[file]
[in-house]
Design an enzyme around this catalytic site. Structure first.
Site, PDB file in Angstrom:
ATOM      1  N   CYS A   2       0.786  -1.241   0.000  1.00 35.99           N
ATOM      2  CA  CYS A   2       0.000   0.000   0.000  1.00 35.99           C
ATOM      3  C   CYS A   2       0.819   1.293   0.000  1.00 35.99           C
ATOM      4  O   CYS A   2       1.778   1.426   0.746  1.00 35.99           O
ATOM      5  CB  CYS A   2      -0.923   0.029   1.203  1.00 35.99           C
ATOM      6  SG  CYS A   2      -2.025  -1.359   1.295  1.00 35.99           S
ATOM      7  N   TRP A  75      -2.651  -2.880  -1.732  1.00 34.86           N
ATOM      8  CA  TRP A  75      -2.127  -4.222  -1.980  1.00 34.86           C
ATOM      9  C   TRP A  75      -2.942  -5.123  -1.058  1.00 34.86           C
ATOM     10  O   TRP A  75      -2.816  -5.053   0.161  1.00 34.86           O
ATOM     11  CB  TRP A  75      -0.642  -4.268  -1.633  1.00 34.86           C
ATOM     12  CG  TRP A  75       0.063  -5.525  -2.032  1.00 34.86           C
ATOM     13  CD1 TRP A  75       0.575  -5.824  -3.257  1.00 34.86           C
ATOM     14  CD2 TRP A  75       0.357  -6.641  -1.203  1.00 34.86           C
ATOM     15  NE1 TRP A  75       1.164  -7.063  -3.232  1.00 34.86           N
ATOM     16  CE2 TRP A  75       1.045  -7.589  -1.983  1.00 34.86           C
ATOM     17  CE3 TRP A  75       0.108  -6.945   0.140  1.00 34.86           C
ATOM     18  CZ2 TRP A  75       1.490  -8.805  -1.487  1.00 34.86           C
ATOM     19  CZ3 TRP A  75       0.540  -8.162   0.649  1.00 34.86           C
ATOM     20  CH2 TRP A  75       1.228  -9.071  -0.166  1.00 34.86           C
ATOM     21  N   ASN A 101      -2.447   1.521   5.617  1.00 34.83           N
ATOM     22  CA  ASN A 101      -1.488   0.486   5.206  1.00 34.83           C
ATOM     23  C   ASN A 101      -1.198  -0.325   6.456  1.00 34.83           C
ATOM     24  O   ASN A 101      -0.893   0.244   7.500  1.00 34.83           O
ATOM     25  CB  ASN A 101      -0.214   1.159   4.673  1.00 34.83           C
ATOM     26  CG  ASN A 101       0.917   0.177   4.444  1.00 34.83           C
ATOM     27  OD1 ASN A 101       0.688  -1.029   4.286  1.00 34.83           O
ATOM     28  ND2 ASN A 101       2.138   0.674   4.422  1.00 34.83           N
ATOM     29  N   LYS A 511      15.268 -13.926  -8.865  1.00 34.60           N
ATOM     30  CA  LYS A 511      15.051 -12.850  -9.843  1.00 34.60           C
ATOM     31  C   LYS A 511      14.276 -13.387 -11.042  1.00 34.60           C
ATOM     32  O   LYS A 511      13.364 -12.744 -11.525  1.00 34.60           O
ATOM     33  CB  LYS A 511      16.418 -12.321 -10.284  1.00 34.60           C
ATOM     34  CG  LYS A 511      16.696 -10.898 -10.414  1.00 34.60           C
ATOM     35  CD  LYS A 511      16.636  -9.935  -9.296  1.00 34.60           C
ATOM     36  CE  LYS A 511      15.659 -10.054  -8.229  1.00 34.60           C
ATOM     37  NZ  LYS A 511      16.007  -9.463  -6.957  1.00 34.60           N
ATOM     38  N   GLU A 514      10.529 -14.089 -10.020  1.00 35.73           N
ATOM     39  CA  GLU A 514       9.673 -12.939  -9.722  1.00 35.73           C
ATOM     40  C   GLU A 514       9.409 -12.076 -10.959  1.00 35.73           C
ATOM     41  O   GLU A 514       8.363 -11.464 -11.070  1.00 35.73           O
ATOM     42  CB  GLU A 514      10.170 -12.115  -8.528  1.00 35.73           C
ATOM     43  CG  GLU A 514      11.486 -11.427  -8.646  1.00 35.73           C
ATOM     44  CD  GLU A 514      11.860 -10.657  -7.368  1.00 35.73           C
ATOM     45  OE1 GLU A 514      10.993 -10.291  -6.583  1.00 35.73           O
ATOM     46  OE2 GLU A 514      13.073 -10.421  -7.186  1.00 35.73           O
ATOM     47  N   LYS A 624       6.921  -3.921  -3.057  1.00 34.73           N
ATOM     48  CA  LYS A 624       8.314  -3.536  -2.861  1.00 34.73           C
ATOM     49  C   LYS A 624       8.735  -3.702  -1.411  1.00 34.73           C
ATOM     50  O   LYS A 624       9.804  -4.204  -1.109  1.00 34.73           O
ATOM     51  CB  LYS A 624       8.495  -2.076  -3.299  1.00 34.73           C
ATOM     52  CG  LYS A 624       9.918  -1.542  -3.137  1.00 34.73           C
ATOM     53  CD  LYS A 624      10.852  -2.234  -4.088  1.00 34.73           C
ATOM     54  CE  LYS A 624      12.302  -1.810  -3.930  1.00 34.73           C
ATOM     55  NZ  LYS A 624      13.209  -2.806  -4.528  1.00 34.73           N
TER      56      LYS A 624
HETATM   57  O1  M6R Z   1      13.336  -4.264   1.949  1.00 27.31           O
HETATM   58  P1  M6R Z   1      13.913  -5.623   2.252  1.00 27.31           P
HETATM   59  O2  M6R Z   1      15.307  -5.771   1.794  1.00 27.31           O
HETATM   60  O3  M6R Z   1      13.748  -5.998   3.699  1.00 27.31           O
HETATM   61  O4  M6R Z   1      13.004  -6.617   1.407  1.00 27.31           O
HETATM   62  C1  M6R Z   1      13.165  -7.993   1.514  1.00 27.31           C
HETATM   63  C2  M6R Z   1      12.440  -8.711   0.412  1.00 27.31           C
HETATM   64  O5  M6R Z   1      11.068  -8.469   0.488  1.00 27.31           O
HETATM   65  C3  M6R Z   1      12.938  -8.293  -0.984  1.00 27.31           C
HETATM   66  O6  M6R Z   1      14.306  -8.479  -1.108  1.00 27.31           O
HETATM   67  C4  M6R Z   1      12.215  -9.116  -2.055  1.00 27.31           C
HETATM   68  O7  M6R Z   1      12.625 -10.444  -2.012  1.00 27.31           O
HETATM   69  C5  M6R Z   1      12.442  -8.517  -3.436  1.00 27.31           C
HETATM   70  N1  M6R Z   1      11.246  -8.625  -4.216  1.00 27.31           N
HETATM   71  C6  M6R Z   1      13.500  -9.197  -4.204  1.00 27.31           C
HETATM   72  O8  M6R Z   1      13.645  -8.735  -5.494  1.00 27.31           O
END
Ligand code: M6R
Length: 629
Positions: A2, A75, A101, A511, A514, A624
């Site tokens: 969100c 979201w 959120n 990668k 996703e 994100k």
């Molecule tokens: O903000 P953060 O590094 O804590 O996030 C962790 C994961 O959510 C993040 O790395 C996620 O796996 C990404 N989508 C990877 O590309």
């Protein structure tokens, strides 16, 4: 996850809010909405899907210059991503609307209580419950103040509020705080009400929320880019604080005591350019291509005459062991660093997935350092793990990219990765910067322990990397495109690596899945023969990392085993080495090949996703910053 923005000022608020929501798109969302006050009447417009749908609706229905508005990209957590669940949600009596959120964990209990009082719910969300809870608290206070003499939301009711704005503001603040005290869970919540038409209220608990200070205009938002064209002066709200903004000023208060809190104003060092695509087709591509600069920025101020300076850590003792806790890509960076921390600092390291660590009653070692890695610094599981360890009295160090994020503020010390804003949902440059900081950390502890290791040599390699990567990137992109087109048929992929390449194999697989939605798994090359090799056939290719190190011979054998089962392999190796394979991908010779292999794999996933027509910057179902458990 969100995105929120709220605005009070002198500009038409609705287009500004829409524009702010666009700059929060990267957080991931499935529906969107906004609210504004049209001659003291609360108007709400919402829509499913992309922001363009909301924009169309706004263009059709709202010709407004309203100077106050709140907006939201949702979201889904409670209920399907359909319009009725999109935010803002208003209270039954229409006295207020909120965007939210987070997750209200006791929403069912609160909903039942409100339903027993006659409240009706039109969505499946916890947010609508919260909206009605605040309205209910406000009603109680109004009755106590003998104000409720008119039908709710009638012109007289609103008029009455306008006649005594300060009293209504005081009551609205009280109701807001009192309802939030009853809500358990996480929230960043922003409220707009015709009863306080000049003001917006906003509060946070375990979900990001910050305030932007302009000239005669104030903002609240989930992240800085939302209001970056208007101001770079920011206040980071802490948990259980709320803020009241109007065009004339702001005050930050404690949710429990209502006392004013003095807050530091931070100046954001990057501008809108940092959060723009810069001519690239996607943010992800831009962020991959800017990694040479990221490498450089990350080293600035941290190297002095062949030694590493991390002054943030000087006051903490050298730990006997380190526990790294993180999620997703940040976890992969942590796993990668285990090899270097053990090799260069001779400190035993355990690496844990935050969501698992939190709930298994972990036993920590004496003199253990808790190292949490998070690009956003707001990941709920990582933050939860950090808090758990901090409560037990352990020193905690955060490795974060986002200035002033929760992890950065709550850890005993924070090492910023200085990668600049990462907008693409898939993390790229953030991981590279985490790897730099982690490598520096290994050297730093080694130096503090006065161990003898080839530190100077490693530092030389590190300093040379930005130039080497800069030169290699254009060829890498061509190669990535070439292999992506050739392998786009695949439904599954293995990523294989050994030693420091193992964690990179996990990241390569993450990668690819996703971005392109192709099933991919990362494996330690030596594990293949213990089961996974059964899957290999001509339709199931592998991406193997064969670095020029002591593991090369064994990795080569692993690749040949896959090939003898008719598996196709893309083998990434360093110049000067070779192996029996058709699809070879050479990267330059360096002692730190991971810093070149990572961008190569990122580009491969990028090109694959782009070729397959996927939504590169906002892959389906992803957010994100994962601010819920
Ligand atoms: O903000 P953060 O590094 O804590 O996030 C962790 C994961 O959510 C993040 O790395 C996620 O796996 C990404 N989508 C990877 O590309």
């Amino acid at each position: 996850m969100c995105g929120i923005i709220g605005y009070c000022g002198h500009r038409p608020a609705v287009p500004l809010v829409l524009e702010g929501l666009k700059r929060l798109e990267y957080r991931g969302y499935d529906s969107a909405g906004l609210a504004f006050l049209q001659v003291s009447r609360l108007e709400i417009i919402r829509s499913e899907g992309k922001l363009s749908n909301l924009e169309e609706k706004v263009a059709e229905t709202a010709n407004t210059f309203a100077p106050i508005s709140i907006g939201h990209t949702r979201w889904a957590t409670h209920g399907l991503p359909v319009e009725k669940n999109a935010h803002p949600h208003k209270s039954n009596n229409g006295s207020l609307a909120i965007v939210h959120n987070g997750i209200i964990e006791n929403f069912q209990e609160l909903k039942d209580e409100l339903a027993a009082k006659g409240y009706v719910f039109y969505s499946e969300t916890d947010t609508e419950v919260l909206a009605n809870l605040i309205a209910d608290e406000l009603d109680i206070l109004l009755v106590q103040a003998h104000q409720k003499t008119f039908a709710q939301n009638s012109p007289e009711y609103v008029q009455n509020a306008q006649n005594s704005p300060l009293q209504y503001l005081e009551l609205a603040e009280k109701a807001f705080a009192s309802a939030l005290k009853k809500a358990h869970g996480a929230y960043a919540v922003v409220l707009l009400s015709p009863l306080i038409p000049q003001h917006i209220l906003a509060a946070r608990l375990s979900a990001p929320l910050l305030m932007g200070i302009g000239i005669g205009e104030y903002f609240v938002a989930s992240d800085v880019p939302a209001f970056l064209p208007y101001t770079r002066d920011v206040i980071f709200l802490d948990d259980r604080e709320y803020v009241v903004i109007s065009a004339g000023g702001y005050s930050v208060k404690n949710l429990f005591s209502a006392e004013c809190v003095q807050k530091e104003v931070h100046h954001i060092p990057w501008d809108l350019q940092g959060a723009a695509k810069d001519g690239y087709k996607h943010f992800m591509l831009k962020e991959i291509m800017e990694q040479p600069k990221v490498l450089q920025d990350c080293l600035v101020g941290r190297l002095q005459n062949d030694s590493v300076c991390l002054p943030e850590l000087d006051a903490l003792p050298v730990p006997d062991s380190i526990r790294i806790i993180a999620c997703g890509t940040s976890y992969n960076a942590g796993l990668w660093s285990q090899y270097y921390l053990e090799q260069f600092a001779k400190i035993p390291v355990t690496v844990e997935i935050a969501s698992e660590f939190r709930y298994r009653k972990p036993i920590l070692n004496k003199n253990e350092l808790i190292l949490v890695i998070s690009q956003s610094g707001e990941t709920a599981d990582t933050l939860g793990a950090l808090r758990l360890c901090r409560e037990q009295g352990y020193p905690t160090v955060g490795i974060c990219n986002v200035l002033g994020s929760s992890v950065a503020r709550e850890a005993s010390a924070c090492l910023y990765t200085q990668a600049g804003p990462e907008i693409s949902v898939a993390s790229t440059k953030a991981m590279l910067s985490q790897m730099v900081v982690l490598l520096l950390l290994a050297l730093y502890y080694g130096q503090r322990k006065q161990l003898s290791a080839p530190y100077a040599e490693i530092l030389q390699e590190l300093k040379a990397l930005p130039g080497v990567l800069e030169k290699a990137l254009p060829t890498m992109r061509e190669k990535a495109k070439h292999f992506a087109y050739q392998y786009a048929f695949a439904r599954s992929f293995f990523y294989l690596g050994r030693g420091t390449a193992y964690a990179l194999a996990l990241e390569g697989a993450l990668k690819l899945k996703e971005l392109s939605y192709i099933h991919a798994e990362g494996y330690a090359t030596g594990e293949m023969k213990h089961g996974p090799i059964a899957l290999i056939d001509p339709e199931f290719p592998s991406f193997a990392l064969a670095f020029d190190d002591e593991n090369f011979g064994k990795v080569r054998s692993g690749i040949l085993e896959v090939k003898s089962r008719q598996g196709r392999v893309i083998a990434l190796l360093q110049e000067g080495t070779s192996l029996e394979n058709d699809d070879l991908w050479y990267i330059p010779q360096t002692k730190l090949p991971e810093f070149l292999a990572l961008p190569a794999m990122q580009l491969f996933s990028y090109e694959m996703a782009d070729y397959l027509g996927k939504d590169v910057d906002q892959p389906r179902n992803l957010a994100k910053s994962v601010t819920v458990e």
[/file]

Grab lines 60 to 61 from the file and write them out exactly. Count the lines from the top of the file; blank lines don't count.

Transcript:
HETATM   57  O1  M6R Z   1      13.336  -4.264   1.949  1.00 27.31           O
HETATM   58  P1  M6R Z   1      13.913  -5.623   2.252  1.00 27.31           P